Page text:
So, until we get to the point where society is able to allow ALL children to just be children – without forcing gender binaries on them.  Until then?  I like the term Gender Creative.  What a beautiful way to express how all kids should be free to be.

Gender Creative and Proud to be a part of the Pink Revolution

the april a to z blog challenge

A2Z – Asking

As I mentioned yesterday, I was considering taking up the April A to Z blog challenge.  I already blog almost daily, so that wasn’t the issue.  For me?  The biggest challenge is actually staying on topic.  I enjoy writing on whatever hits me as interesting or important at the moment.  I lose my interest otherwise.  But, I figure, if I pick a topic that is dear to my heart – putting in 26 days shouldn’t be an impossible task.  So, I’m going to do it.  …and if I feel the need to go off topic, well…  on those days I’ll just post twice.  LOL  So here we go.  Day one:  Blogging our way from A to Z on sexual and gender identity.

Blogging our way from A to Z on sexual and gender identity - ASKING

For some folk, the most intimidating thing when encountering someone who doesn’t clearly fit into box A or B on the sexual and gender binary, is asking.  And honestly?  It’s something we need to become more comfortable with as a society, because even when someone appears very clearly to fit into “HE” or “SHE” it doesn’t mean that’s their preferred pronoun.  A wonderful individual, whom I am proud to call “friend”, recently posted the following on their Facebook status:

“I find it is no longer important or useful, and in fact has become a negative experience to identify as male. Rather than identifying as another type of gender, I will leave the spectrum of gender identity altogether. This means that the current English language of gender identity pronouns, such as she, her, his, her, xe, and hir, become problematic when referring to me. So with great respect and earnestness, I ask that you refer to me simply by using my name, for in a name the entire soul resides. Thank you.”

This is an individual, whom upon appearance, would very easily fit into the neat and tidy package we call “male” or “masculine” and is proof positive that we cannot, nor should we, presume to use male pronouns based solely on our impressions of said individual.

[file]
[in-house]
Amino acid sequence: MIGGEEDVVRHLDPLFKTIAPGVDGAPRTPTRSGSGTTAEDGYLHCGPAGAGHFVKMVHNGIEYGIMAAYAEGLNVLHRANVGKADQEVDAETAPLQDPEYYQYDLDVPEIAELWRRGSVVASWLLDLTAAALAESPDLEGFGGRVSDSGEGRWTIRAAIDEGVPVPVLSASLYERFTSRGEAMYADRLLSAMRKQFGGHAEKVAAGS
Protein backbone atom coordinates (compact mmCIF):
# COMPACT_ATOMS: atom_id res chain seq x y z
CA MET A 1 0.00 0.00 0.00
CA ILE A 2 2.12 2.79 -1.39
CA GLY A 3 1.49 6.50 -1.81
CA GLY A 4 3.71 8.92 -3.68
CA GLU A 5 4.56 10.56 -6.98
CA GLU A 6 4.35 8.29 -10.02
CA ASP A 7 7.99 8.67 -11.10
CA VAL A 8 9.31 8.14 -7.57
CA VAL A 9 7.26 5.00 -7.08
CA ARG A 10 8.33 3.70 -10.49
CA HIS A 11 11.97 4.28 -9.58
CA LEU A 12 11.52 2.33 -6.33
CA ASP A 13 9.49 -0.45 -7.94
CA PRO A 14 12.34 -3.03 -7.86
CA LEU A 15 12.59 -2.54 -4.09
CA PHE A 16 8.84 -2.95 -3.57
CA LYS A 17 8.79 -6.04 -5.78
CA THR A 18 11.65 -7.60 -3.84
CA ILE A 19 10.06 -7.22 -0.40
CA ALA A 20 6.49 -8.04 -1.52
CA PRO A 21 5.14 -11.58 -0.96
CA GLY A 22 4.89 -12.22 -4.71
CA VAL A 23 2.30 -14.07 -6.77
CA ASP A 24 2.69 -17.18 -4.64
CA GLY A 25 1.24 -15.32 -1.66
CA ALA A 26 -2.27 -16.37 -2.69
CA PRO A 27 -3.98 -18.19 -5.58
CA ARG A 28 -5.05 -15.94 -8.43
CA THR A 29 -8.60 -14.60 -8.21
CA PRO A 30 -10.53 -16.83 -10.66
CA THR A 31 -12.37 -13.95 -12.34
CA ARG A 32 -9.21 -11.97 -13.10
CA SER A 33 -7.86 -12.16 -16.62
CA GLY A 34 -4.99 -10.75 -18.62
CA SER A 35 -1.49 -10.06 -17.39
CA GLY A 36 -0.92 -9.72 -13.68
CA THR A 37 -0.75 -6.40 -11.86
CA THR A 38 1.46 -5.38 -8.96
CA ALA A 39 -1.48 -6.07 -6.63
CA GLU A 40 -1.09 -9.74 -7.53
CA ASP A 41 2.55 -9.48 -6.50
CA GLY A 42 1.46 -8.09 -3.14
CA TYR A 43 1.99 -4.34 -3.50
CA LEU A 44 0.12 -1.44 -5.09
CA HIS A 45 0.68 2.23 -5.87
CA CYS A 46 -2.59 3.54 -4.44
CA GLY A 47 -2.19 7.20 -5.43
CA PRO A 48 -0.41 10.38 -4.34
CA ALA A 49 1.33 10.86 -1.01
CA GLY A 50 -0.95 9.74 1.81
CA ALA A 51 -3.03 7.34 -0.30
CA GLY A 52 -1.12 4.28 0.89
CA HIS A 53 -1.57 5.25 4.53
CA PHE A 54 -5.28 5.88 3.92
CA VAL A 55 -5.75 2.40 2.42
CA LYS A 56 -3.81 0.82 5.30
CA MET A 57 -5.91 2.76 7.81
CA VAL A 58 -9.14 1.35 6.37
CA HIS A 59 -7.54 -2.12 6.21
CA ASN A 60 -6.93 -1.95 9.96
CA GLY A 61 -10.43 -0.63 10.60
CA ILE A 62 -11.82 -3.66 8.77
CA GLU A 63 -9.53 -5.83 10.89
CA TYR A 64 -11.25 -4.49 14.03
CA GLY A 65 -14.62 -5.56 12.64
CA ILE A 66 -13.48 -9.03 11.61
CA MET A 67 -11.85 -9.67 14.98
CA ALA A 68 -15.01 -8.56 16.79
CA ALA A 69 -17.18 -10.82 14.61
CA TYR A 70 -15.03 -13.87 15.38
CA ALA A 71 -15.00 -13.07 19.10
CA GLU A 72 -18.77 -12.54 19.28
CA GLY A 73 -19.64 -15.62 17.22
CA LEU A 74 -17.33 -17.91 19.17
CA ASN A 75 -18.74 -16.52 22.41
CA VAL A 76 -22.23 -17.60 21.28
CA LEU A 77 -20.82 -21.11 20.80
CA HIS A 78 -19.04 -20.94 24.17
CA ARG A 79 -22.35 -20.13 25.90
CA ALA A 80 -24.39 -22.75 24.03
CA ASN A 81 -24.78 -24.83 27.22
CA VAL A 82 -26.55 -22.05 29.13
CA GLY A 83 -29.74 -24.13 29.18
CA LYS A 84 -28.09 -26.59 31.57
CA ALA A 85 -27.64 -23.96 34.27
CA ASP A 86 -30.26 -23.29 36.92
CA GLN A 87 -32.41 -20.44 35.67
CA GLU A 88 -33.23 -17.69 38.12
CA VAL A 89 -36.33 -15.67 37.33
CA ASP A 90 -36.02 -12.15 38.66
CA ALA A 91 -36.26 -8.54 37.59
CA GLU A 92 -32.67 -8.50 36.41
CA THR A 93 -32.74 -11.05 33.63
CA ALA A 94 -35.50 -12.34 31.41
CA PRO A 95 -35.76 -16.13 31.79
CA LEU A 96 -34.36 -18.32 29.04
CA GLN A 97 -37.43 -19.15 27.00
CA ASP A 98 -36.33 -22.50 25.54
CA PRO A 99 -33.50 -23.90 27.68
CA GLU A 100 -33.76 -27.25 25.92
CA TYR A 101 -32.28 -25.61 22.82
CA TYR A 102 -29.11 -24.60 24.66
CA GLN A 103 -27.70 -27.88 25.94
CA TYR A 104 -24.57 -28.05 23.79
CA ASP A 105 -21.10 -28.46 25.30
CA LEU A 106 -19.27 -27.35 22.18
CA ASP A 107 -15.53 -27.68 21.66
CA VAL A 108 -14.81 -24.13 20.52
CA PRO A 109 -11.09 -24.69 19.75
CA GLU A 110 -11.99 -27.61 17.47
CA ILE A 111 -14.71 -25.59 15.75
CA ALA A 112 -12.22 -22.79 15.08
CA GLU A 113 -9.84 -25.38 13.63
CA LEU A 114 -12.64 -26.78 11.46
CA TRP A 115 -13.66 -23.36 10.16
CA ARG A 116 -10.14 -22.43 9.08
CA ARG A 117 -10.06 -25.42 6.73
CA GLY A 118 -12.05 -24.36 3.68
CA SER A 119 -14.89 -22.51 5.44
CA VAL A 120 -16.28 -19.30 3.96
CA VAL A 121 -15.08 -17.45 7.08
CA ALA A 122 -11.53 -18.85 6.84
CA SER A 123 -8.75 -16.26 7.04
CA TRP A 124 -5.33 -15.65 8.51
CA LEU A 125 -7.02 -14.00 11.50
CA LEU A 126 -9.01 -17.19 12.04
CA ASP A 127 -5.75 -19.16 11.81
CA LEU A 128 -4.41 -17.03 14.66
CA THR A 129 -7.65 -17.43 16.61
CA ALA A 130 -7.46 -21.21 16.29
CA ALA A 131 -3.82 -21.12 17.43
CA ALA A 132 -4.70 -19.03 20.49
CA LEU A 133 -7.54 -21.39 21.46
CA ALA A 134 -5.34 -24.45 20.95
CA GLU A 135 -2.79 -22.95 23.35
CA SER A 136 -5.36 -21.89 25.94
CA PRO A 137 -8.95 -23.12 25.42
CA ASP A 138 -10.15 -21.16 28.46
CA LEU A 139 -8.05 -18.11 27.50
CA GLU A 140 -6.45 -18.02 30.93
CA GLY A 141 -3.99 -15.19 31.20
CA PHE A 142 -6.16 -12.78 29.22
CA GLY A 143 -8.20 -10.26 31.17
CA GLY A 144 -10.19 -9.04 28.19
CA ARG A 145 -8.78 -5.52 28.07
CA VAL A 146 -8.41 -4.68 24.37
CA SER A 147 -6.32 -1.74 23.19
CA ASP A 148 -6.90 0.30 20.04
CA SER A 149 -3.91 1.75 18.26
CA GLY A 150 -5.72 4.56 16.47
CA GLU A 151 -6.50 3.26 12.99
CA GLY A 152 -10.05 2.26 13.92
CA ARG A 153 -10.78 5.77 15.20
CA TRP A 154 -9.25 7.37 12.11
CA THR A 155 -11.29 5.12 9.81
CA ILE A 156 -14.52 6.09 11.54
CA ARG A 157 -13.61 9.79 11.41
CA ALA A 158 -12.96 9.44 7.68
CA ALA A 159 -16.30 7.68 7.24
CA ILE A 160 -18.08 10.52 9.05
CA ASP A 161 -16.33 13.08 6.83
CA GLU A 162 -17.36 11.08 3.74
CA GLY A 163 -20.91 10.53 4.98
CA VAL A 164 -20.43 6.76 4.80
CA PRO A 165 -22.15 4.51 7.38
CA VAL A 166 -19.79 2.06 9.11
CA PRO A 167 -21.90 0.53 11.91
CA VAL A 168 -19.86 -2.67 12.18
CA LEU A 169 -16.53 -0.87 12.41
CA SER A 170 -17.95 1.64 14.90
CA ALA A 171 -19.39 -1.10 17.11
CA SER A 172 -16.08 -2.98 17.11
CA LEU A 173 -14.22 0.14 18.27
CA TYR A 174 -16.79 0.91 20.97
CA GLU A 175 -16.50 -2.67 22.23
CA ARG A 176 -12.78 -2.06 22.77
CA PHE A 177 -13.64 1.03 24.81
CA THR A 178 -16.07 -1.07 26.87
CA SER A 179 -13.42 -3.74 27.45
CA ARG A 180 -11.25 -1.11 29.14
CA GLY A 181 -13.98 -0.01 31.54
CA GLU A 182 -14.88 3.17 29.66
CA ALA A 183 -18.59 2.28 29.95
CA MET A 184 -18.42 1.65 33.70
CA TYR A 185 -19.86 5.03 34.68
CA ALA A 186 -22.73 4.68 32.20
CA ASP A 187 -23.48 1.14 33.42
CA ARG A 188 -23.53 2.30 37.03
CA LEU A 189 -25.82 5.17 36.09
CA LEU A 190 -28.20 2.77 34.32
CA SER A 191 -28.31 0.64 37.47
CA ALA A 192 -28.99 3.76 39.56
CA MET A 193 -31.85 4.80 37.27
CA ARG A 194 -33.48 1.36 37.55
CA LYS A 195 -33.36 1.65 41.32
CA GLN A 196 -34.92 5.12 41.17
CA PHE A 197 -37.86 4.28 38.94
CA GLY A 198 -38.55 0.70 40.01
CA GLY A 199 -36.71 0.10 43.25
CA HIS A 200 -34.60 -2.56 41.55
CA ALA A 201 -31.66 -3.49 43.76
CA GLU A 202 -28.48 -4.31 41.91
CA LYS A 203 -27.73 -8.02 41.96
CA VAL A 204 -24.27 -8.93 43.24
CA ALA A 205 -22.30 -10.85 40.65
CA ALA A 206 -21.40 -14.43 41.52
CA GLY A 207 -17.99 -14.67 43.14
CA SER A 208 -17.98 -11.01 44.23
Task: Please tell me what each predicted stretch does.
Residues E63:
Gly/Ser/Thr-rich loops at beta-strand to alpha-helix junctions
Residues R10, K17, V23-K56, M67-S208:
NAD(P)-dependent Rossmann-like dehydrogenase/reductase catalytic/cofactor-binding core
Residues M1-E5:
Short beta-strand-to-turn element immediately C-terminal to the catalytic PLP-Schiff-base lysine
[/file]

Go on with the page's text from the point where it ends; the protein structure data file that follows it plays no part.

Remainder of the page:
How we each identify is an intensely personal thing, and it is perfectly okay to ask someone what pronouns they prefer – if any.  In fact, for many of us, it’s a question we welcome.  So the next time you are introduced to someone try asking.  Not sure how to word it?  Give this a go:  “Hi Francis, it’s a pleasure to meet you.  Would you mind telling me which pronouns you’d prefer?”  Plain, simple, straightforward.  And if you feel the need to say more, try this:  “I’d hate to offend by insisting on using something that you don’t identify with.”  Chances are they’ll be happy you had the respect and courtesy to ask.

The a2z april blog challenge

And hey!  Ever had something you wanted to ASK (see?  I’m keeping it on topic) about gender, sex, affection, desire, expression, orientation or on any other topic of interest to the acronym community now’s the time.  26 days is a lot to fill, so help me out.  Let me know what YOU would like to see me blog about.  And thanks to Sarah for her suggestion of “Asking” as our very first in the alphabet series.

Pink is for Girls!

Some time ago I was telling one of my girlfriends about the fact that pink really only came to be considered a “girls colour” about 1/2 century ago.  Before that it was strictly for the boys.  And if you go any further back, both boys and girls wore white dresses from birth until they were seven or eight years old.  The idea that pink was a gender specific colour meant only for girls is a fairly recent concept…  and honestly, it’s not based on ANYTHING really.

Back when blue was for girls, it was considered airy and light: feminine.  Pink was a diluted form of red, which is fierce and stern: masculine.  But, if you ask me… it doesn’t matter how you slice it.  Pink is just pretty, and damn it.  I like it.

It has nothing to do with it being girlie or feminine.  I just think it’s a pretty colour.  Pastel pink, light coral, even a salmon…  the colour just makes me feel good.

The idea that even colours have been paired off in this gender binary is so ridiculous in every possible way.  Quite honestly, I’d like to see us go back to the days when everyone dressed their children in dresses.  The white I’m not so crazy about…  Back then it was all about being able to toss them into a bucket of bleach water.  But the dresses?  Yep.  Makes sense to me.  Way easier to run around in.

Where am I going with this?  Honestly?  I have no idea.  I’m mostly just rambling.  LOL  I saw an article today that referenced this whole colour/gender thing and it just reminded me that I’d actually been talking about it not too long ago.  Soooo…  here’s the article I read today:  http://www.smithsonianmag.com/arts-culture/When-Did-Girls-Start-Wearing-Pink.html  But seriously, if it’s something you are interested in, there’s a ton of info out there about it.  And from a feminist/human rights stand point, it’s rather interesting.

Why can’t I seem to make an actual point today?  Well…  my brain is a little fried.  Working WAY too many hours.  Thinking about WAY too many things.  So, yeah.  Just feeling kinda rambly.  😉

Night all!